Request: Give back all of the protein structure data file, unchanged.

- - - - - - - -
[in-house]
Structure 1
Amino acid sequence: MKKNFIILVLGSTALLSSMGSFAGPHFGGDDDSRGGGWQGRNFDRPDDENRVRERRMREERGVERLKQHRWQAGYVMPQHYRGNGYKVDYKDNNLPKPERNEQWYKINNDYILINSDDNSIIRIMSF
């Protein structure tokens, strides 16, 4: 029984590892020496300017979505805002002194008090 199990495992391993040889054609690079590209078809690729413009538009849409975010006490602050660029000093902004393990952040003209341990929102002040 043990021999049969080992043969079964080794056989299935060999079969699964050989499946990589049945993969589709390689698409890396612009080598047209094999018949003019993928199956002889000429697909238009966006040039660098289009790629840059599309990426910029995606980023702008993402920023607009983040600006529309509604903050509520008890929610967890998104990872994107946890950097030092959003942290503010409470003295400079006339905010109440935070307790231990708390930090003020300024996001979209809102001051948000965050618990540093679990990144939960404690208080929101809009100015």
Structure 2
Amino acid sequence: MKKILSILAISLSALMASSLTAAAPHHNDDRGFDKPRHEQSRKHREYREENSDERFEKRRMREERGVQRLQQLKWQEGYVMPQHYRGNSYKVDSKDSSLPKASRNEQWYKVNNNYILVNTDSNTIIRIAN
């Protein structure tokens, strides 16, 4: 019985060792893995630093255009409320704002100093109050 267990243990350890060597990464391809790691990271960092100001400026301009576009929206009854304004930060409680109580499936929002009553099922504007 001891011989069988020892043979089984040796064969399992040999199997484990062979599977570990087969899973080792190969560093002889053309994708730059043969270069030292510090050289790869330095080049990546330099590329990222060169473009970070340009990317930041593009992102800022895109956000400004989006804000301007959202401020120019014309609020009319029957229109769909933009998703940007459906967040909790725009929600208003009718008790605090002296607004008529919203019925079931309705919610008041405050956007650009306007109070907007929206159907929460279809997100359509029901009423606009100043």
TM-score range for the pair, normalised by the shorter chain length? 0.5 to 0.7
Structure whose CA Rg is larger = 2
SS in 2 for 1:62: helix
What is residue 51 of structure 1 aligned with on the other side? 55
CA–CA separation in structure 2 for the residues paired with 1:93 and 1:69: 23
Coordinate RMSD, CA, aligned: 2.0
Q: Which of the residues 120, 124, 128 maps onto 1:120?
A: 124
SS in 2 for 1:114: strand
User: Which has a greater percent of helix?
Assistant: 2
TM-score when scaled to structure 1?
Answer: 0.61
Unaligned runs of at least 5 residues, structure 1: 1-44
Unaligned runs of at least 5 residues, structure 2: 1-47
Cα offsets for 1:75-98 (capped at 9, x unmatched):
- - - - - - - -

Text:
[in-house]
Structure 1
Amino acid sequence: MKKNFIILVLGSTALLSSMGSFAGPHFGGDDDSRGGGWQGRNFDRPDDENRVRERRMREERGVERLKQHRWQAGYVMPQHYRGNGYKVDYKDNNLPKPERNEQWYKINNDYILINSDDNSIIRIMSF
């Protein structure tokens, strides 16, 4: 029984590892020496300017979505805002002194008090 199990495992391993040889054609690079590209078809690729413009538009849409975010006490602050660029000093902004393990952040003209341990929102002040 043990021999049969080992043969079964080794056989299935060999079969699964050989499946990589049945993969589709390689698409890396612009080598047209094999018949003019993928199956002889000429697909238009966006040039660098289009790629840059599309990426910029995606980023702008993402920023607009983040600006529309509604903050509520008890929610967890998104990872994107946890950097030092959003942290503010409470003295400079006339905010109440935070307790231990708390930090003020300024996001979209809102001051948000965050618990540093679990990144939960404690208080929101809009100015």
Structure 2
Amino acid sequence: MKKILSILAISLSALMASSLTAAAPHHNDDRGFDKPRHEQSRKHREYREENSDERFEKRRMREERGVQRLQQLKWQEGYVMPQHYRGNSYKVDSKDSSLPKASRNEQWYKVNNNYILVNTDSNTIIRIAN
């Protein structure tokens, strides 16, 4: 019985060792893995630093255009409320704002100093109050 267990243990350890060597990464391809790691990271960092100001400026301009576009929206009854304004930060409680109580499936929002009553099922504007 001891011989069988020892043979089984040796064969399992040999199997484990062979599977570990087969899973080792190969560093002889053309994708730059043969270069030292510090050289790869330095080049990546330099590329990222060169473009970070340009990317930041593009992102800022895109956000400004989006804000301007959202401020120019014309609020009319029957229109769909933009998703940007459906967040909790725009929600208003009718008790605090002296607004008529919203019925079931309705919610008041405050956007650009306007109070907007929206159907929460279809997100359509029901009423606009100043």
TM-score range for the pair, normalised by the shorter chain length? 0.5 to 0.7
Structure whose CA Rg is larger = 2
SS in 2 for 1:62: helix
What is residue 51 of structure 1 aligned with on the other side? 55
CA–CA separation in structure 2 for the residues paired with 1:93 and 1:69: 23
Coordinate RMSD, CA, aligned: 2.0
Q: Which of the residues 120, 124, 128 maps onto 1:120?
A: 124
SS in 2 for 1:114: strand
User: Which has a greater percent of helix?
Assistant: 2
TM-score when scaled to structure 1?
Answer: 0.61
Unaligned runs of at least 5 residues, structure 1: 1-44
Unaligned runs of at least 5 residues, structure 2: 1-47
Cα offsets for 1:75-98 (capped at 9, x unmatched):